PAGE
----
'"can't be done cleanly" is shorthand for will not be practical technically or economically'
If i'd known that convention, i'd not have said a word.
"Legally speaking, vendors should be able to provide demonstrations that their product will meet CE requirements in a realistic environment. It's not supposed to be down to objectors to show where the product fails the requirements."
"Anyway, you say it can in principle be done. I say it's unrealistic,"
I also agree with both - there is no confict here.
"I say if recabling is required to ensure CE compliance of PLT kit, why not put in proper LAN cables at the same time so that there is zero risk of PLT-related emissions? (Because the PLT business model disappears, that's why, obviously)"
Yep - i've been saying for months.
"Happier with the new form of words now Tim? "
Yep - that was my whole objection. I just hate absolutism.
"The net effect is the same, PLT can't be done cleanly in the real world in any practical sense."
I agree with that too.
"you say it can in principle be done. I say it's unrealistic,"
I wrote: you say it can in principle be done. I say it's unrealistic,
Tim wrote: I also agree with both - there is no confict here.
There is indeed no conflict, that's why I chose those words, but had neither time nor space to explain explicitly.
Anyway, we're agreed, as are most (all?) logical-thinking independent-minded people on this subject, as they have been since (e.g.) the RadioCommunication Agency's DSL/PLT/RF Technical Working Group(s) back in 2001.
But WTF can folk actually *do* about this? Please don't suggest "write to your MP", mine's a useless timewaster, and so are most of them.
off topic ps:
El Reg: Captain Cyborg is back! The recently invisible Kevin Warwick is on BBC Today as I type this.
Lies, D*** lies and the utterances of OFCOM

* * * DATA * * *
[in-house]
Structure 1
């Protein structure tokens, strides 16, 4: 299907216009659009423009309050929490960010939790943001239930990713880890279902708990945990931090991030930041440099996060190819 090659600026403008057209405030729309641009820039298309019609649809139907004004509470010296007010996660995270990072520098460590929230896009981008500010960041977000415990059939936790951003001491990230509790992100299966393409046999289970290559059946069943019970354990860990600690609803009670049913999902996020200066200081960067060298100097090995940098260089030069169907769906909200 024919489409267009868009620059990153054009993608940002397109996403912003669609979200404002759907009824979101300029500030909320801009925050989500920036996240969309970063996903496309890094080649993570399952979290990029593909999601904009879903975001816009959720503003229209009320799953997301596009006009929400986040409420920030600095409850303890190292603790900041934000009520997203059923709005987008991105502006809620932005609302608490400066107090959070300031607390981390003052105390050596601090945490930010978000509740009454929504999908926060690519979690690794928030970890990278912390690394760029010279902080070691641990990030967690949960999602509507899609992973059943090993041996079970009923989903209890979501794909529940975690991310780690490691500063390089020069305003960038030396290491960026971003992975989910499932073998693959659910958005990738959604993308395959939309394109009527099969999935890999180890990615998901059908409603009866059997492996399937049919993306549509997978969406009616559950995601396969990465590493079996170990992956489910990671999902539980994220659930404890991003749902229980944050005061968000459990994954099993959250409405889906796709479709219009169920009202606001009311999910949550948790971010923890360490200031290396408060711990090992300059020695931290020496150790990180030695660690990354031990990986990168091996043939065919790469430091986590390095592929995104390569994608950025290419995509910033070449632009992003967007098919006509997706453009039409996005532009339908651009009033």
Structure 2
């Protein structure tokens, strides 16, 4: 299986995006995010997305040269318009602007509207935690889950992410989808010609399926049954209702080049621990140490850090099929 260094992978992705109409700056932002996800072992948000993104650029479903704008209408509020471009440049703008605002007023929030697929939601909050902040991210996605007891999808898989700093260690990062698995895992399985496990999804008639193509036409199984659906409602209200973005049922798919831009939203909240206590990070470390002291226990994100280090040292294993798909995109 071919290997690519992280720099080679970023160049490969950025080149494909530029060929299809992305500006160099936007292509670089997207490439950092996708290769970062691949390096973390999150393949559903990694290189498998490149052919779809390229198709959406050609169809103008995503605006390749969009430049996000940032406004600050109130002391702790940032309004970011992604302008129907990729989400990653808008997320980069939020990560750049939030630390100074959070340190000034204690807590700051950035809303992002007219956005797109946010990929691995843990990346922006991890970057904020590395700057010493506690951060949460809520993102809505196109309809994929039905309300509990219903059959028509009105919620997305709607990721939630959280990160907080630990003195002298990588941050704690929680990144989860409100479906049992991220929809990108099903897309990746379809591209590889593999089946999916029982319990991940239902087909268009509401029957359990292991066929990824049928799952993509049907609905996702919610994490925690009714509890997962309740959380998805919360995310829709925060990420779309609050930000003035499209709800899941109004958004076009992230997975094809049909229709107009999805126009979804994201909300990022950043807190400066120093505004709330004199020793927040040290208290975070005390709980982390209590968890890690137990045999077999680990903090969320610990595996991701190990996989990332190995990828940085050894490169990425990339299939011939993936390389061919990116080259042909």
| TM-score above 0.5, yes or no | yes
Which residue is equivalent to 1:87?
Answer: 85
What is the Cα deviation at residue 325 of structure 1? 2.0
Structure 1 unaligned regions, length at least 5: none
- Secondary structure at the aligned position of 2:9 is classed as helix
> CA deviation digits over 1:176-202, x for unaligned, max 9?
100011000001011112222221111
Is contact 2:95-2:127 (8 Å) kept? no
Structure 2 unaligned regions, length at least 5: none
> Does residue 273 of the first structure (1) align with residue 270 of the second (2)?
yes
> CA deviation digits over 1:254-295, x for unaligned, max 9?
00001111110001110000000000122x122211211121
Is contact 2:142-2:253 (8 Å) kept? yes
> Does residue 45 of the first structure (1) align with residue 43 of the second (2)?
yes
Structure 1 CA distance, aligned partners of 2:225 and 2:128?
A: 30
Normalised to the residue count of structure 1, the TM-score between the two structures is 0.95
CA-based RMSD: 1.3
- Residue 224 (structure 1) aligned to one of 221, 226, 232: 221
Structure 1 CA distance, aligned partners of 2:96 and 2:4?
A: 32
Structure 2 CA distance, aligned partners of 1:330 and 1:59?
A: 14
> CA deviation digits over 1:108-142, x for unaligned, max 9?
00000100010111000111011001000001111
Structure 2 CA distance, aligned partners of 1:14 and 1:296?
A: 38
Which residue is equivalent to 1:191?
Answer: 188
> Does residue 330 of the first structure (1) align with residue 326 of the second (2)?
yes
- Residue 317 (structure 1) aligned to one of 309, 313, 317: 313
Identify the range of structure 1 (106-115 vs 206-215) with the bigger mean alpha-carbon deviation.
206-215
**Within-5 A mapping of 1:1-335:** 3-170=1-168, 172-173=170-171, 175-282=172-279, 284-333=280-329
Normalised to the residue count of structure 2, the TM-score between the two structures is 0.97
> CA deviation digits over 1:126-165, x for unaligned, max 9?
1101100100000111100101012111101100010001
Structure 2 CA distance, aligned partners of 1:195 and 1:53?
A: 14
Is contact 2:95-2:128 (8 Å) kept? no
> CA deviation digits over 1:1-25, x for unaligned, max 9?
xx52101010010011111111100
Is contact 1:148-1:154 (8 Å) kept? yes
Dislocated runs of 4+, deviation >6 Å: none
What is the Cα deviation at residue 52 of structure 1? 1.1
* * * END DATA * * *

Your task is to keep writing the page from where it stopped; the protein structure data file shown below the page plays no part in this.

A telling little revelation:
@Anonymous C. #1 -- Good link.
Why do the amateurs have to do all the running on this?
It backs up my earlier assertion that the regulators are more interested in keeping their options open for a future career than they are in properly serving the public.
"Why do the amateurs have to do all the running on this?"
... because the rest of us don't have handy devices to measure the interference properly?
A selection of interesting "articles".
The last is interesting.
@Anonymous C. #2 -- Likewise, good links.
As previous, thanks.
from that RSGB link
That is indeed well worth reading.
Didn't the RSGB used to have spectrum defence fund or something? e.g.
Can any kind reader confirm whether it's still active?
I particularly liked the non technical (not to mention nonsensical) nature of "Ofcom has said that failure to meet a standard does not mean a product is non-compliant. "
When I were a lad, things that met relevant standards were known as "compliant", and things that didn't, weren't.
Obviously I'm behind the times. But in an era when the IEE Newsletter could be mistaken for T3, maybe that's my problem. Does the IET even have a stated corporate position on the PLT subject, or are their folks at HQ just waiting for their next award for magazine layout+design?
Whose name is on Comtrend's published Declaration of Conformity? If these named individuals, rather than their corporate employers, had to be individually accountable for their actions (y'know, "lie to us and we lock you up", kind of thing) would these things work out any different?
Thank you, have a good weekend.
Just a point
Many of us "amateurs" are also proffesionals. If we were for example lorry drivers, does making us being on motorcycles make us amateur drivers, does driving an ambulance for a living but driving a car at weekend make you a weekend driver.. To feel enthusiastic about ones chosen proffesion enough to also dabble in its various forms does not make us amateurs.
Possibly in these days the name is a misnomer, however, seeing as many of us also work within allied fields, or continue after retiring should really give us a better chance to convey to others the various situations.
Hence many of us may feel inclined to coment to the adverse anonymously to preclude potential situations as could develop.
If the so called investors were REALLY serious then they would look at Wimax, total removal of all phone lines, each person with a FREE phone in his location, really fast internet access and the like. CHEAPLY, say £20,000 1 time payout and virtually no running costs apart from electricity.
Therefore it is in the interest of idiots like the MP who uttered the daft statement and other do gooders to take heed. There are sufficient lines (intended pun) of routing for the internet and telephone without recourse to dubious practices. The removal of all the copper wire precluding theft for scrap and replacing with Fibre will allow speeds up to silly speeds, let alone the reduction of exchanges and the like and interference from outside sources will be of major importance, so to spend vaste sums of money on aforesaid systems instead of the fibre is a course that will only be beaten for stupidity by the DAB system that has more holes than a collander and is now not being considered for the EU.